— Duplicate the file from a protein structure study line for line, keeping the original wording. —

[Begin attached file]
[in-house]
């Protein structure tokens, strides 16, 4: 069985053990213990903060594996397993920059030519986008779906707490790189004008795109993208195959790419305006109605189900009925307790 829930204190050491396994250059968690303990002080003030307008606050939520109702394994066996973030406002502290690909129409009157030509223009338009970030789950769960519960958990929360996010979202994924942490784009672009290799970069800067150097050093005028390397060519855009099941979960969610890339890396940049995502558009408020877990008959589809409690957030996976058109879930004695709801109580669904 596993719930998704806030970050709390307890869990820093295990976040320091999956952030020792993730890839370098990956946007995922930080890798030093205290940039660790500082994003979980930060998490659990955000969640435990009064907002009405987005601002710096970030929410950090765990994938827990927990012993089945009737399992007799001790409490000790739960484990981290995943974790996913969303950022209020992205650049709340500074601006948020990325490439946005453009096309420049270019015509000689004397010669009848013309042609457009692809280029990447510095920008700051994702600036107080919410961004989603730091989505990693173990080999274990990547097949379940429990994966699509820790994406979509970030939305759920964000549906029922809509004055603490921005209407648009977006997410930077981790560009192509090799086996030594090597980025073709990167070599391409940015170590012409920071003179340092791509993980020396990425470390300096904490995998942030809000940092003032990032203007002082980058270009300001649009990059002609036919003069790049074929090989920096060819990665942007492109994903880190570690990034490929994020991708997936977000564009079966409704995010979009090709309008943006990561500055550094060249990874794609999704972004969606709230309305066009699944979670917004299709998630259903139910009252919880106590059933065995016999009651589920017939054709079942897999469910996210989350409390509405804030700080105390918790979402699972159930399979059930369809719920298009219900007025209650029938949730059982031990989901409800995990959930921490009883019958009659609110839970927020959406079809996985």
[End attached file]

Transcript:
[in-house]
């Protein structure tokens, strides 16, 4: 069985053990213990903060594996397993920059030519986008779906707490790189004008795109993208195959790419305006109605189900009925307790 829930204190050491396994250059968690303990002080003030307008606050939520109702394994066996973030406002502290690909129409009157030509223009338009970030789950769960519960958990929360996010979202994924942490784009672009290799970069800067150097050093005028390397060519855009099941979960969610890339890396940049995502558009408020877990008959589809409690957030996976058109879930004695709801109580669904 596993719930998704806030970050709390307890869990820093295990976040320091999956952030020792993730890839370098990956946007995922930080890798030093205290940039660790500082994003979980930060998490659990955000969640435990009064907002009405987005601002710096970030929410950090765990994938827990927990012993089945009737399992007799001790409490000790739960484990981290995943974790996913969303950022209020992205650049709340500074601006948020990325490439946005453009096309420049270019015509000689004397010669009848013309042609457009692809280029990447510095920008700051994702600036107080919410961004989603730091989505990693173990080999274990990547097949379940429990994966699509820790994406979509970030939305759920964000549906029922809509004055603490921005209407648009977006997410930077981790560009192509090799086996030594090597980025073709990167070599391409940015170590012409920071003179340092791509993980020396990425470390300096904490995998942030809000940092003032990032203007002082980058270009300001649009990059002609036919003069790049074929090989920096060819990665942007492109994903880190570690990034490929994020991708997936977000564009079966409704995010979009090709309008943006990561500055550094060249990874794609999704972004969606709230309305066009699944979670917004299709998630259903139910009252919880106590059933065995016999009651589920017939054709079942897999469910996210989350409390509405804030700080105390918790979402699972159930399979059930369809719920298009219900007025209650029938949730059982031990989901409800995990959930921490009883019958009659609110839970927020959406079809996985």